posted by hattifattener at 6:14 PM on May 29, 2004

a ZIP file is compressed. Wheras the latter is reshifting data similar to defragmenting a hard drive

ZIP isn't at all a simple rearranging of data.
posted by five fresh fish at 6:24 PM on May 29, 2004

What you want is dvd2svcd. Set your preferred function to "avi to svcd" (fourth option down) during the install.

If that fails you for some reason, check out doom9.
posted by reklaw at 7:04 PM on May 29, 2004

It gets easier to deal with as you gain more experience. Your first visit to VCDHelp is likely to be a bit overwhelming, But really, you just aren't understanding what compression does to video if you don't see why this is difficult. It's like you're asking: "Why is it so hard to use a table as a chest of drawers? They're both just wood!" True, but they're each wood cut to a certain purpose.

Compression (like MPEG, various AVI schemes, etc) translates a simple video stream into a complicated mathematical representation which takes up much less space, but requires a complex de-coding in order to see it as simple video again. It's not dirt-simple to just flip from one very complicated mathematical scheme to another. They aren't built to be easily translatable one to the next. They're desgined for maximum quality and minimum filesize. Each of them, in its own right, can be considered a "language for expressing a video signal." And like human languages, translation from one to another isn't a dirt-simple one-click process.

"Format" isn't really a strong enough word in this regard. Video "formats" aren't trivial tags or markers that you can easily manipulate and change. When you use a compression algorithm to encode video, you lose the original video and wind up with a sophisticated data stream. Changing this to something else is not as easy as turning a "text" document into a "Word" document by adding ".doc" to the name.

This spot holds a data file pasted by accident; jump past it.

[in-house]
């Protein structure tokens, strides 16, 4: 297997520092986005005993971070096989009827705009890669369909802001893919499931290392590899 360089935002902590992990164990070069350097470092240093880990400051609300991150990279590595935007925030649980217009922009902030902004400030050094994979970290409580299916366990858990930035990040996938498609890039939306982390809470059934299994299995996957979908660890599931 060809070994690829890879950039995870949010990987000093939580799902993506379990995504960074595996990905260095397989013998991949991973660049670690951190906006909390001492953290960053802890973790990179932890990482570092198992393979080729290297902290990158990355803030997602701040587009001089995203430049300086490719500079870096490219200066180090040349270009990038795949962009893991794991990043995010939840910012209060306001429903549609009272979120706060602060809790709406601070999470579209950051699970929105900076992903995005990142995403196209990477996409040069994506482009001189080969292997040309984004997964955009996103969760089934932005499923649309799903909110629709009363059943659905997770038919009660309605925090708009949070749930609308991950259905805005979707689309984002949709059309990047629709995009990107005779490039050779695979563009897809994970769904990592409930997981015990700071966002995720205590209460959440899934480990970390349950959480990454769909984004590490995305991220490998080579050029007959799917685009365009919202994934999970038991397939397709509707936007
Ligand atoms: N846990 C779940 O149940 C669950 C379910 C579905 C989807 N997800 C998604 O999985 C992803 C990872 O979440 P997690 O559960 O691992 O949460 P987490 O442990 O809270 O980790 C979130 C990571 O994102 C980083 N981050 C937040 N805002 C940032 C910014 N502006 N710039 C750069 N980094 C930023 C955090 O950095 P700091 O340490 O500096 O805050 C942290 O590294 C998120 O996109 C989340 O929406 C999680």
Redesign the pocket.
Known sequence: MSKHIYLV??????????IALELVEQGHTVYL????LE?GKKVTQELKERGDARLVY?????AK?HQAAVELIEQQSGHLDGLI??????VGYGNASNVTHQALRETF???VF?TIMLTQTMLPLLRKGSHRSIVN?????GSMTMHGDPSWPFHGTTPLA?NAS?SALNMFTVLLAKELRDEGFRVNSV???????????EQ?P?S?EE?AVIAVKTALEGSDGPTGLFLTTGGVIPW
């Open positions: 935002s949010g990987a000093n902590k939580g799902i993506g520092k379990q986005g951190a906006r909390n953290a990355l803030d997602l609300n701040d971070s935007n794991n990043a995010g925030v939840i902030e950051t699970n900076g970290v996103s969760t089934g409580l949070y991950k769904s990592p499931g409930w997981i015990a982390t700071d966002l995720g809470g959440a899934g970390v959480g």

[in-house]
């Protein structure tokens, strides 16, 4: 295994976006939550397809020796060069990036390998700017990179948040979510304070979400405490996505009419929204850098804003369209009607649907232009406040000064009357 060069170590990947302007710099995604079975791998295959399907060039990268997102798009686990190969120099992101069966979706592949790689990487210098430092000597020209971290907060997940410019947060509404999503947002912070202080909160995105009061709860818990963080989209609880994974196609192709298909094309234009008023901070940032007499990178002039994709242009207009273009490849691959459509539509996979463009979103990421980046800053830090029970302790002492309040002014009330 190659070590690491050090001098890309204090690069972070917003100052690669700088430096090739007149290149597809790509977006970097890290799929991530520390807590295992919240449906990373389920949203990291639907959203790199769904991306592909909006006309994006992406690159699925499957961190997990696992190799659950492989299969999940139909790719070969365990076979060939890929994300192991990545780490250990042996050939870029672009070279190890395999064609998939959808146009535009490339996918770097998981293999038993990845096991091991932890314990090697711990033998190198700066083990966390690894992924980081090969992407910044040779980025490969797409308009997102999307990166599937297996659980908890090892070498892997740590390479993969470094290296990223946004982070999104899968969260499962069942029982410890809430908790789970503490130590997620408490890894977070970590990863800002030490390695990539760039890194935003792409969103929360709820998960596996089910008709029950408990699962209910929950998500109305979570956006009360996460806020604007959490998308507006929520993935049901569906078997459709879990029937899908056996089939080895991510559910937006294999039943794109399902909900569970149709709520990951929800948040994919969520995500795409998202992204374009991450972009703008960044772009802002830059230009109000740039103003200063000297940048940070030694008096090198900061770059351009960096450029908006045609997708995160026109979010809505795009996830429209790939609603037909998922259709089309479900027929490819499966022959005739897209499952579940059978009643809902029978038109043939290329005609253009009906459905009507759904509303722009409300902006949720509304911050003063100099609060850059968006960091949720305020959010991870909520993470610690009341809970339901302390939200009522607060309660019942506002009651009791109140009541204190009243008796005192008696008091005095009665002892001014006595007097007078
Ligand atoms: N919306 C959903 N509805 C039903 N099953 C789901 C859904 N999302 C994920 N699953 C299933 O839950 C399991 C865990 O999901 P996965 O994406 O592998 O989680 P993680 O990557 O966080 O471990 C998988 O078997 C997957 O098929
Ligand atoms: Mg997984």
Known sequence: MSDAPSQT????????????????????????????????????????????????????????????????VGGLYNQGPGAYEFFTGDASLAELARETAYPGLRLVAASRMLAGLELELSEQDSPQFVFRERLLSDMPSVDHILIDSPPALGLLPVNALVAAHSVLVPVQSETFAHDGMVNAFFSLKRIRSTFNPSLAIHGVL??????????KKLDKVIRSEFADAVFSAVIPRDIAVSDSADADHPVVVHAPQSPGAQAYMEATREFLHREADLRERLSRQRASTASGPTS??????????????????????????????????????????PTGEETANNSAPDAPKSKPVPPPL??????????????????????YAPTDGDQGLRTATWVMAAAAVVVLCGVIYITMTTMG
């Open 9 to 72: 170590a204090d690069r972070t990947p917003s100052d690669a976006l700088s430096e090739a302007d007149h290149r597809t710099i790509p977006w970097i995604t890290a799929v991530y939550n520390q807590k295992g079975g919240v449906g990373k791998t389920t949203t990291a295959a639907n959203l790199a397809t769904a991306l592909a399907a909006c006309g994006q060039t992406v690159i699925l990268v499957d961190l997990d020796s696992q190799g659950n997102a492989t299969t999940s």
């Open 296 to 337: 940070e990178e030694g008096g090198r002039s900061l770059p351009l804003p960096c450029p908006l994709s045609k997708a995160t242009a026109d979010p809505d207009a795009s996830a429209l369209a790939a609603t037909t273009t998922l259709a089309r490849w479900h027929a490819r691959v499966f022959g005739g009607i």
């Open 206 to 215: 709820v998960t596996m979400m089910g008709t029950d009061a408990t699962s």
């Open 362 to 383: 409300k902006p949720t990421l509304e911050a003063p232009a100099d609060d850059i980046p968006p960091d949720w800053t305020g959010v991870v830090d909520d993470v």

I guess, in fewer words, yes, it is complicated. But it doesn't always have to be too painful. You can probably do better than 6 tools and 10 pages of how-to for most conversions. Be sure you know what you want, and look harder. But you're not going to find one tool that converts anything to anything with one click. If you do, let me know!
posted by scarabic at 11:17 PM on May 29, 2004

You didn't look at the vcdhelp tutorials closely enough. They have an AVI --> SVCD tutorial that uses one tool only - TMPGEnc (OK, two tools if you include the CD burning software.)


TMPGEnc has a SVCD template that handles most of the settings for you.
posted by cnelson at 11:32 PM on May 29, 2004

Note that to burn an SVCD, you will need to encode in MPEG2, which TMPGEnc will only do if you buy a license for like $30. Try MPEG1 and regular old VCD for free.
posted by scarabic at 12:28 AM on May 30, 2004

Simply put AVI is not a file format, its a container. It can hold a lot of codecs, so the "one click solution" aint gonna work when an AVI can be anything.

So the easiest way to do this involves two steps.

Convert your AVI to MPEG2. (the MPEG2 standard SVCDs use) TMPGEnc does this.

Burn that file as a SVCD using some software. (I use Nero).

(and of course, like all software, there are cracked versions of these. In fact, you may just want to use plain old VCD if you dont want to pay and if quality isn't such a big deal)
posted by skallas at 1:01 AM on May 30, 2004

I third TMPGEnc as a one-step solution.
posted by Civil_Disobedient at 8:19 AM on May 30, 2004

I just use Nero to create VCDs (it converts the video), or the BPS Converter. It doesn't do Quicktime or RealVideo though it's very simple.
posted by holloway at 4:52 PM on May 30, 2004